The remaining skeleton figures in the exhibition are partially obscured by trees, forcing the audience into the position of a voyeur. Stripped bare, the skeletons perform their role as human at a primitive level—captivated by the cascading leaves of a Weeping Willow or transfixed by the lick of a flame. Unaware of our gaze, they are immersed in their act of looking, caught in a moment of awe.

Like the hypnotizing quality of fire, the orange swirls and untamed blotches of black in Sunflowers seduce the viewer into a mesmerized state. Heyer’s heavy-headed flowers gaze down on the audience like oracles against a dystopian blaze. Along with the other paintings in Naked, Sunflowers complicates the relationship between viewer and subject, reminding us that the act of looking can be an electric game of give and take.

Paul Heyer (b. 1982, Chicago, IL) has had solo exhibitions at Chapter NY, New York, NY; Mickey, Chicago, IL; and Night Gallery, Los Angeles, CA. His solo exhibition Chicago Works: Paul Heyer was on view in the spring of 2018 at the Museum of Contemporary Art, Chicago, where he has participated in multiple group shows. Other recent group shows include Chapter NY, New York; Night Gallery, Los Angeles; Perrotin Gallery, New York; MX Gallery, New York; Galería Agustina Ferreyra, Mexico City, MX; Park View Gallery, Los Angeles; HOME, Manchester, UK; and What Pipeline, Detroit, MI. His work belongs in the permanent collections of the Museum of Contemporary Art, Chicago and the Brauer Museum of Art, Valparaiso University, Valparaiso, IN. His work has been written about in Art Agenda, Artforum, the New York Times, and FlashArt, among others. He lives and works in Chicago.


Grant Levy-Lucero: Reflections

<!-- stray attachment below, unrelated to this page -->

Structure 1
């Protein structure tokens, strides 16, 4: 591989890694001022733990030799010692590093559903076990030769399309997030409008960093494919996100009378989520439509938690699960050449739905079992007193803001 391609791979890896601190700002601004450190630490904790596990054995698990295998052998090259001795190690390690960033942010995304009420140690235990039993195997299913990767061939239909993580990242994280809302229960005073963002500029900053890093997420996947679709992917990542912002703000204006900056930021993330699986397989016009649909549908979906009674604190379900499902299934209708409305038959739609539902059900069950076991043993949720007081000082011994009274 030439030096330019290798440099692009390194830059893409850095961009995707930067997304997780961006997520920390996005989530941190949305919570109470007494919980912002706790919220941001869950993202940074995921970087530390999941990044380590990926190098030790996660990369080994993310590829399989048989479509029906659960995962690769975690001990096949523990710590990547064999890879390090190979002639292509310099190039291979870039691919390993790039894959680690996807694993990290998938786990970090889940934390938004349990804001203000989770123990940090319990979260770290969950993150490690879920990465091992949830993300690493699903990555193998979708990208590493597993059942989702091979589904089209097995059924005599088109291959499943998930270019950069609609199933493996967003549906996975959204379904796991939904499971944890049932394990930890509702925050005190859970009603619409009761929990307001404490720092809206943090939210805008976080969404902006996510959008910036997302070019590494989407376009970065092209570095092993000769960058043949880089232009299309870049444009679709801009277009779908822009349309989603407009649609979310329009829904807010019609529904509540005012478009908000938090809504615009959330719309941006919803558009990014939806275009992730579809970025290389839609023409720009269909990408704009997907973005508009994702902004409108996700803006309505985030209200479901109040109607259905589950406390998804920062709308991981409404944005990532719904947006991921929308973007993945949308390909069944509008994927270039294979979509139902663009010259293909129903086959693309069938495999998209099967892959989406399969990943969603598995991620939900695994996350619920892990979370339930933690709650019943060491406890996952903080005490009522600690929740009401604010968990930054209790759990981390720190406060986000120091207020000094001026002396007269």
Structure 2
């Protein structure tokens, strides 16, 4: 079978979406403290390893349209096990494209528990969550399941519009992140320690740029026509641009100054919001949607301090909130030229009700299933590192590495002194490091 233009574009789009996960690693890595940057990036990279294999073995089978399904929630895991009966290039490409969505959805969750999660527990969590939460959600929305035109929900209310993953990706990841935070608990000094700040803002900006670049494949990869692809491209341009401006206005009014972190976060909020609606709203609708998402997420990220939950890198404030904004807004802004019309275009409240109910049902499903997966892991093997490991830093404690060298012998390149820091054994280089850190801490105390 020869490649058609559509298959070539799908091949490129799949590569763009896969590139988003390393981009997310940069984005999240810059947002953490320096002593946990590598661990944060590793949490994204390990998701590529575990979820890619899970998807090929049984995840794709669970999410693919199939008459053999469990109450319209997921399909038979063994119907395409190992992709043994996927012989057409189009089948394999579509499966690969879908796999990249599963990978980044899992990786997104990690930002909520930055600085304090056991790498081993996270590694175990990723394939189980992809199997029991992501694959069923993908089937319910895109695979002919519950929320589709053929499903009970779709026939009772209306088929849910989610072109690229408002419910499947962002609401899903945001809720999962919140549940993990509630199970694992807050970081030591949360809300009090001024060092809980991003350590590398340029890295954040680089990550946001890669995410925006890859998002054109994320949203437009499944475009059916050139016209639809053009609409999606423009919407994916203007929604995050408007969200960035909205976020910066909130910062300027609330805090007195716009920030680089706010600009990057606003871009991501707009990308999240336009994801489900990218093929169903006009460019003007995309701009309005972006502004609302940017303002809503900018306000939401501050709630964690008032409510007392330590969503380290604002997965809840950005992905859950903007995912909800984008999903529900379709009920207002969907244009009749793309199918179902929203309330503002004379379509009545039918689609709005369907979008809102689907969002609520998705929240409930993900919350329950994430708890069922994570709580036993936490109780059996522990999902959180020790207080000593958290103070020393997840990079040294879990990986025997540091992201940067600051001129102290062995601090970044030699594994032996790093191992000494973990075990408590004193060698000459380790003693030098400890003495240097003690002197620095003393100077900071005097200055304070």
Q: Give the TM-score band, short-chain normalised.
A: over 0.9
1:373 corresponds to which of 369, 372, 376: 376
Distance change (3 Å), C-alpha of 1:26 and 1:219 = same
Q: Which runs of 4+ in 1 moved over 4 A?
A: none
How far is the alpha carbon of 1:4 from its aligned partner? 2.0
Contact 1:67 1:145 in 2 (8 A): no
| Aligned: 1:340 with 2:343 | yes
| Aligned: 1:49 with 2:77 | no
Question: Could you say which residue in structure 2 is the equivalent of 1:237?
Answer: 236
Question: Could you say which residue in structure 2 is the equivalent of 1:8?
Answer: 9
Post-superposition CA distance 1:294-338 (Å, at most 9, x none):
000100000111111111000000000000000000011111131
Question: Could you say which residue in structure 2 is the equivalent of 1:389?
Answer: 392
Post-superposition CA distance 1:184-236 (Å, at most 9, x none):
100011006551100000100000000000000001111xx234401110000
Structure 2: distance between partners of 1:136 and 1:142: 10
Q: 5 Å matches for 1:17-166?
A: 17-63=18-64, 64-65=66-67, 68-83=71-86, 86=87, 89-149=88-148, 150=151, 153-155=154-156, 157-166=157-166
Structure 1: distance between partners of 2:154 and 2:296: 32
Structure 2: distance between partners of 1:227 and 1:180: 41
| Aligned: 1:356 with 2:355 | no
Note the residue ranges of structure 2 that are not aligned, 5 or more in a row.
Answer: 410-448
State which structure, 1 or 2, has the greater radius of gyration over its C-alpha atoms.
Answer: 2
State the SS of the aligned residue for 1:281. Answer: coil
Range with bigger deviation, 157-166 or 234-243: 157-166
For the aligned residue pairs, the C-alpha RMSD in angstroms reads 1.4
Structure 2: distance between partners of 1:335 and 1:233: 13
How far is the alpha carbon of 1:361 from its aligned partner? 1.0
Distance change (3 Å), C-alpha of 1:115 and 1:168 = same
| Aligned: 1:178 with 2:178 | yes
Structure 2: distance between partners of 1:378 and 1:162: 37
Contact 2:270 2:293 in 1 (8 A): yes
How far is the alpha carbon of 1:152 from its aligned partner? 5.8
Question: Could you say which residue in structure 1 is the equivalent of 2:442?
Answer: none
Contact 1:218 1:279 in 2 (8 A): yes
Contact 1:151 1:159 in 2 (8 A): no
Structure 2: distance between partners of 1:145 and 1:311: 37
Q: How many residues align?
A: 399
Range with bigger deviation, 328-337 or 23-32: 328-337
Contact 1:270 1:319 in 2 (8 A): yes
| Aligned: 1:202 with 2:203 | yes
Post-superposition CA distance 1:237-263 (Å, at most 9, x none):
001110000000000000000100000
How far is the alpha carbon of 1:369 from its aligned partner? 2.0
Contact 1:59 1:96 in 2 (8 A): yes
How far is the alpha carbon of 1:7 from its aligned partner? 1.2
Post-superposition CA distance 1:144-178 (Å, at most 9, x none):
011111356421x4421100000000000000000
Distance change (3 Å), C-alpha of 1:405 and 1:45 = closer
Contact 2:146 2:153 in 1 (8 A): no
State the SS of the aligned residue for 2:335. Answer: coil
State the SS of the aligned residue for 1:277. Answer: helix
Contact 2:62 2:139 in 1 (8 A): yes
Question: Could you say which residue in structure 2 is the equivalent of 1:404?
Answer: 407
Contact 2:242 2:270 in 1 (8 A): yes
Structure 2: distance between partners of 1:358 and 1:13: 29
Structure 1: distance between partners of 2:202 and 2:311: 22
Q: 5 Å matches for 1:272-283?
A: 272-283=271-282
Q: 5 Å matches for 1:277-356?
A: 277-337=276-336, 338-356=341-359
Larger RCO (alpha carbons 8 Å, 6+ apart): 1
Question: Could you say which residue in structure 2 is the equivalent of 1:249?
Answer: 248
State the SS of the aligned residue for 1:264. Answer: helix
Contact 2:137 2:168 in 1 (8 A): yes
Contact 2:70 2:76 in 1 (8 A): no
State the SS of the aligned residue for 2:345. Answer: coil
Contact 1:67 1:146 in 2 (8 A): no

Night Gallery is pleased to present Reflections, an exhibition of new ceramics by Grant Levy-Lucero. This is the artist’s second exhibition with the gallery.

In this presentation, the artist continues his exploration of the Greco-Roman amphora vessel. In his past works, Levy-Lucero has consistently reanimated brand logos and imagery sourced from the hand-painted signs that are ubiquitous in Los Angeles. However, recent shifts in the artist’s life have motivated him to push the form into new aesthetic and conceptual territories. A reflection is also a transposition; as one gazes at their own image, they are confronted with where—and who—they’ve been in the past, and possibilities for the future. In Reflections, Levy-Lucero enacts a simultaneous turn inwards toward the self and an expansion outward into the world.

To create this new body of work, Levy-Lucero found early inspiration in Claude Monet’s water lily series. As the artist’s previous works have centered around the reappropriation of brand logos, he noticed that the widespread dissemination of Monet’s water lilies has produced a similar phenomena. Like the brand logo, the water lilies occupy a place in the collective consciousness vis-à-vis mass circulation and recreation. Further, as the water lily paintings symbolized a move into expressionism, Levy-Lucero makes a similar gesture to consider our relationships to self, nature, and art. Color and texture extrusions stimulate sensory responses as each vessel transports viewers elsewhere, from the Musée de L'Orangerie in Paris to the streets of Los Angeles to unnamed scenes of nature. Fencing and brick motifs foreground idyllic landscapes, evoking the sensation of breaking through one’s confines to reach a place of peace. Liquid and silver glazes give certain pieces the qualities of a mirror, in which viewers’ likenesses and surroundings are interpreted and returned by the ceramic object. Through the sensory nature of Levy-Lucero’s work, viewers transcend their position of spectatorship and into one of agency.